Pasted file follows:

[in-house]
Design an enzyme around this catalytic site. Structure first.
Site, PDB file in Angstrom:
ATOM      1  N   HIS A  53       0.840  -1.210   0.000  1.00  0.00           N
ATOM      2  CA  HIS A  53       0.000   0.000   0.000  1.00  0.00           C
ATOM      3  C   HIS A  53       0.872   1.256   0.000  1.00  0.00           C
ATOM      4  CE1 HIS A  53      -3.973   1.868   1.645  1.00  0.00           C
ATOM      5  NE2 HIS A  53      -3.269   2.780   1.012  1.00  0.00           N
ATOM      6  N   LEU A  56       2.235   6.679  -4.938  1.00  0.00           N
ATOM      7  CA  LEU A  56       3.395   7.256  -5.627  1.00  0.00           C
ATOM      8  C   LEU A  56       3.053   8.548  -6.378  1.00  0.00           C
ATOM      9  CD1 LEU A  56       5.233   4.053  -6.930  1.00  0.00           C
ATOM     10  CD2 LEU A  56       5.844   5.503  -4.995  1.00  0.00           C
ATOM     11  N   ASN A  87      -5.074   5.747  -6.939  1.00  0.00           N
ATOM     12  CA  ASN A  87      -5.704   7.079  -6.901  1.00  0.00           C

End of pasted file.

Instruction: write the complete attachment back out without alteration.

[in-house]
Design an enzyme around this catalytic site. Structure first.
Site, PDB file in Angstrom:
ATOM      1  N   HIS A  53       0.840  -1.210   0.000  1.00  0.00           N
ATOM      2  CA  HIS A  53       0.000   0.000   0.000  1.00  0.00           C
ATOM      3  C   HIS A  53       0.872   1.256   0.000  1.00  0.00           C
ATOM      4  CE1 HIS A  53      -3.973   1.868   1.645  1.00  0.00           C
ATOM      5  NE2 HIS A  53      -3.269   2.780   1.012  1.00  0.00           N
ATOM      6  N   LEU A  56       2.235   6.679  -4.938  1.00  0.00           N
ATOM      7  CA  LEU A  56       3.395   7.256  -5.627  1.00  0.00           C
ATOM      8  C   LEU A  56       3.053   8.548  -6.378  1.00  0.00           C
ATOM      9  CD1 LEU A  56       5.233   4.053  -6.930  1.00  0.00           C
ATOM     10  CD2 LEU A  56       5.844   5.503  -4.995  1.00  0.00           C
ATOM     11  N   ASN A  87      -5.074   5.747  -6.939  1.00  0.00           N
ATOM     12  CA  ASN A  87      -5.704   7.079  -6.901  1.00  0.00           C